Resumes on Indeed: the other shoe drops

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Well, folks, it’s official – Indeed is letting anyone and everyone search their resume database. It’s free – for now.

Sound familiar? It does to me – after all, Indeed used the same playbook during their initial launch: they allowed job boards to list their postings at no charge. Then they began charging for preferred listings. Most recently they’ve pivoted to focus on employers, while at the same time tightening the screws on job board listings.

Who does Indeed’s latest move affect?

  • Job Boards: If you weren’t sure before, you should be certain now – Indeed wants your customers. They’ll offer free access for a while (maybe a few months, maybe a few years) – then they’ll charge. And they’ll do their best to make your job board’s resumes irrelevant.
  • LinkedIn: This move directly targets LinkedIn, serving notice that Indeed is not content to be a search aggregator but instead plans to dip directly into one of LI’s core revenue sources.
  • Monster and CareerBuilder: Indeed has already lapped these boards in terms of traffic, and over the past 2 years has increased sales staff and focus to lure the generalist job boards’ customers away. Adding resume access is another move in that direction. (However, as long as Indeed’s resumes remain free and publicly available, expect many of Monster customers to use 6Sense for search and access).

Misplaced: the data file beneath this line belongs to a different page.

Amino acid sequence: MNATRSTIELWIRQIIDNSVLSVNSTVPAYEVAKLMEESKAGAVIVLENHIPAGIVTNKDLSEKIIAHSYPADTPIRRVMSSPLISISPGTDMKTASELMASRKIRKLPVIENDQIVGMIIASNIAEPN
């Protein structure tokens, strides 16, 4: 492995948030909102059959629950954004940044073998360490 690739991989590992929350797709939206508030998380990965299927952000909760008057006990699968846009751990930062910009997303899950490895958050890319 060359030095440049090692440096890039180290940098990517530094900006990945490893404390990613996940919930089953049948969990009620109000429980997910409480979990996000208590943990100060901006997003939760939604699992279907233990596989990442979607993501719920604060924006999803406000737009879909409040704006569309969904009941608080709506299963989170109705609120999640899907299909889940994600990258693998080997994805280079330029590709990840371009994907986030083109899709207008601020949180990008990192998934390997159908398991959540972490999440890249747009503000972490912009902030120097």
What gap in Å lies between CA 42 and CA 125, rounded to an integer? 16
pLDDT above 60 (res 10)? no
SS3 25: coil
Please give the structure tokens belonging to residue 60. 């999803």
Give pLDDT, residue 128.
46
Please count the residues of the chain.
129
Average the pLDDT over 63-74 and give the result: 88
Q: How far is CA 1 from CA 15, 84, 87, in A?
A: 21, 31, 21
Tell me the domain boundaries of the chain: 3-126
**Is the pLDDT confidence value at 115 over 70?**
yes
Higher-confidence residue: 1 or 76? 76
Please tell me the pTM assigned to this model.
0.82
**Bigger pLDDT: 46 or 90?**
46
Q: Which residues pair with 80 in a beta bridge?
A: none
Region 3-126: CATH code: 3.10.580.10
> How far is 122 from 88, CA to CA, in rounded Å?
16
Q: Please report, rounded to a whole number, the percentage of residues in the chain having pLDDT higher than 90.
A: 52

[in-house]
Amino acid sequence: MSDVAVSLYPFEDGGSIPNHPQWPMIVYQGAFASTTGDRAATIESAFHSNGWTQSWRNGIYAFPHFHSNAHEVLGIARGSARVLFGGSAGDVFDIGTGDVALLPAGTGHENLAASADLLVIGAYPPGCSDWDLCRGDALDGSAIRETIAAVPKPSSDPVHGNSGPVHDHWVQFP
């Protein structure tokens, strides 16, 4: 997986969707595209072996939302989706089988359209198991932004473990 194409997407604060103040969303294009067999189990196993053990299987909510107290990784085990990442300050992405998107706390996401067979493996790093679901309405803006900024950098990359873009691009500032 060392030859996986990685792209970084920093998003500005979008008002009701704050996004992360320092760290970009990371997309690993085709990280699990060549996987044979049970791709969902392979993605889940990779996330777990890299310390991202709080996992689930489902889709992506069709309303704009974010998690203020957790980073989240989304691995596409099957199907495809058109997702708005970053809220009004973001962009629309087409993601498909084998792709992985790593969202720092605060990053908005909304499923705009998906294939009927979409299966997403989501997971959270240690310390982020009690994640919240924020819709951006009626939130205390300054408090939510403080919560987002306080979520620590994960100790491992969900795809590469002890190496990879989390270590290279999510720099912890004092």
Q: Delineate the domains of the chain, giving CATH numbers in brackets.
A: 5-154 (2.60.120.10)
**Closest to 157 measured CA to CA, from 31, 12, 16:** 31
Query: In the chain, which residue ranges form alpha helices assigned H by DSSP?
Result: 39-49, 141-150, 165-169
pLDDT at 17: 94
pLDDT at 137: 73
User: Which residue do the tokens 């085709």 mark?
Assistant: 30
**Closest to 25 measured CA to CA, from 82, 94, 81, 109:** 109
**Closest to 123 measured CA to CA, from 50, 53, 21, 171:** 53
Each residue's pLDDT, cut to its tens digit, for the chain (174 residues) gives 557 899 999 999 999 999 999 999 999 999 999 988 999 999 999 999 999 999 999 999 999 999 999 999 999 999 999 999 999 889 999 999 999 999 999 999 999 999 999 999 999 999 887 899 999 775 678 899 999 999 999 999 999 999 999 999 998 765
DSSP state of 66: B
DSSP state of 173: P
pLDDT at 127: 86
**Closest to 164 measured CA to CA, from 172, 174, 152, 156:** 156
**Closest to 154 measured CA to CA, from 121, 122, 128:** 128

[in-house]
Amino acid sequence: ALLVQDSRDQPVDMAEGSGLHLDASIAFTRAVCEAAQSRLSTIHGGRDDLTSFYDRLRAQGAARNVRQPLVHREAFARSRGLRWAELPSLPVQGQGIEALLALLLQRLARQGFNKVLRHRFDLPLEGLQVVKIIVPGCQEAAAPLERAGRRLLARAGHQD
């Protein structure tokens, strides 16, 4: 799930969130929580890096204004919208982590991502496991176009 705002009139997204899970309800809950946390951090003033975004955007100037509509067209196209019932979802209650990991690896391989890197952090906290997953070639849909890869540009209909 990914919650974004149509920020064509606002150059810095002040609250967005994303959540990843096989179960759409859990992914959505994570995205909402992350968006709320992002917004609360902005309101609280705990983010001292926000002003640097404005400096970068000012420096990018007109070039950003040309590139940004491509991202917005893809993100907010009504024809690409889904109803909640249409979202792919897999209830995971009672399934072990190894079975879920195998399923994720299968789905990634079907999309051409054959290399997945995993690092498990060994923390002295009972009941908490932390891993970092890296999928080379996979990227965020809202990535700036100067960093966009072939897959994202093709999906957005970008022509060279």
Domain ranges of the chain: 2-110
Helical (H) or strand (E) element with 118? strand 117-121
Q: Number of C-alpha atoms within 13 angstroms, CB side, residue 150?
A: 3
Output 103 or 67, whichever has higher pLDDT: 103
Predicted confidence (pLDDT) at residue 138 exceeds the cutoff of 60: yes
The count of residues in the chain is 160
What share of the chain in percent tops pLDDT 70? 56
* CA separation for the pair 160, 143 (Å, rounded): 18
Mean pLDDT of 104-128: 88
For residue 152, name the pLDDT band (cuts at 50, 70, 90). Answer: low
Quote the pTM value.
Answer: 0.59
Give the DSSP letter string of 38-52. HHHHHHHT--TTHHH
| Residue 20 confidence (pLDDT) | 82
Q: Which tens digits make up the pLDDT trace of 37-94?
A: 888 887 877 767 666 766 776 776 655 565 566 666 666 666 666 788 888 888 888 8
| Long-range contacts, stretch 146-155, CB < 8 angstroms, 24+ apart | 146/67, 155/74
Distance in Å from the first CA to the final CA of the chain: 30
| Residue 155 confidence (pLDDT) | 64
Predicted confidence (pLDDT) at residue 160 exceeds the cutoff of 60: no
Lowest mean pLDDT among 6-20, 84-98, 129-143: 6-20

Even at 1 million, Indeed’s database is much smaller than its generalist competitors – and many niche boards will continue to have deeper and more active databases, at least for the near future. But the move will further destabilize the online recruiting industry – a sector that is already reacting to social media and cloud startups, contracting recruiting budgets, and a lingering recession.

Competitively, I think it’s a great move on Indeed’s part – one that had been long anticipated. ‘Free’ is an irresistible lure for recruiters (as it was 5 years ago for job boards), and many will migrate to Indeed simply because of that. Then, one day, they’ll wake up (as job boards did) and realize that they are now paying for what once was free.

How does that old saying by Santayana go? – “Those who cannot remember the past are condemned to repeat it.

Yep. What he said.

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This Post Has 4 Comments

  1. gregg

    Good analysis Jeff. So in the end, is it a game of pacman? Everyone saying their strategy is xxx when in fact it is to get the recruitment revenue stream.

  2. Job Board Doctor

    It does seem that way, doesn’t it?

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